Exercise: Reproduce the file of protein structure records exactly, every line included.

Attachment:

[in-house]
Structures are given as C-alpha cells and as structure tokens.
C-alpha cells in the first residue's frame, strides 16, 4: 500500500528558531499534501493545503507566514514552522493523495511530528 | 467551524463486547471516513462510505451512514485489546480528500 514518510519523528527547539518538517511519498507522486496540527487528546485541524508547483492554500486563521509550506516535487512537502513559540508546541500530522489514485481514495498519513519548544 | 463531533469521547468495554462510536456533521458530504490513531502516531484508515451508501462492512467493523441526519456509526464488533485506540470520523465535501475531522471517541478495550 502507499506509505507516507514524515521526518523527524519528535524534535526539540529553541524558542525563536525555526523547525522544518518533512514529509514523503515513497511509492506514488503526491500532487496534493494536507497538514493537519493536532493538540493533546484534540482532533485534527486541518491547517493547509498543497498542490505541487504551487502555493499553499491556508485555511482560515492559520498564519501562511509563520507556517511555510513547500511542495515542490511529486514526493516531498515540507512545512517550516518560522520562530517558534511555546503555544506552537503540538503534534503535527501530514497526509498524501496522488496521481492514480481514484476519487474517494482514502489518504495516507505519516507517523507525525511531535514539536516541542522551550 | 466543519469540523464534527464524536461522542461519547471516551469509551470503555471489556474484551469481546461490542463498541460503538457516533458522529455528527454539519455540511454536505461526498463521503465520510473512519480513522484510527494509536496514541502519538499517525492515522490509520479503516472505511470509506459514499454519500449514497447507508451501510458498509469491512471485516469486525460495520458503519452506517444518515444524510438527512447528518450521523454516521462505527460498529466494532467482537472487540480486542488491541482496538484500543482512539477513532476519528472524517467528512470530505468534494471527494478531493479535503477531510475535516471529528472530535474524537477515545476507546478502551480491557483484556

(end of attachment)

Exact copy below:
[in-house]
Structures are given as C-alpha cells and as structure tokens.
C-alpha cells in the first residue's frame, strides 16, 4: 500500500528558531499534501493545503507566514514552522493523495511530528 | 467551524463486547471516513462510505451512514485489546480528500 514518510519523528527547539518538517511519498507522486496540527487528546485541524508547483492554500486563521509550506516535487512537502513559540508546541500530522489514485481514495498519513519548544 | 463531533469521547468495554462510536456533521458530504490513531502516531484508515451508501462492512467493523441526519456509526464488533485506540470520523465535501475531522471517541478495550 502507499506509505507516507514524515521526518523527524519528535524534535526539540529553541524558542525563536525555526523547525522544518518533512514529509514523503515513497511509492506514488503526491500532487496534493494536507497538514493537519493536532493538540493533546484534540482532533485534527486541518491547517493547509498543497498542490505541487504551487502555493499553499491556508485555511482560515492559520498564519501562511509563520507556517511555510513547500511542495515542490511529486514526493516531498515540507512545512517550516518560522520562530517558534511555546503555544506552537503540538503534534503535527501530514497526509498524501496522488496521481492514480481514484476519487474517494482514502489518504495516507505519516507517523507525525511531535514539536516541542522551550 | 466543519469540523464534527464524536461522542461519547471516551469509551470503555471489556474484551469481546461490542463498541460503538457516533458522529455528527454539519455540511454536505461526498463521503465520510473512519480513522484510527494509536496514541502519538499517525492515522490509520479503516472505511470509506459514499454519500449514497447507508451501510458498509469491512471485516469486525460495520458503519452506517444518515444524510438527512447528518450521523454516521462505527460498529466494532467482537472487540480486542488491541482496538484500543482512539477513532476519528472524517467528512470530505468534494471527494478531493479535503477531510475535516471529528472530535474524537477515545476507546478502551480491557483484556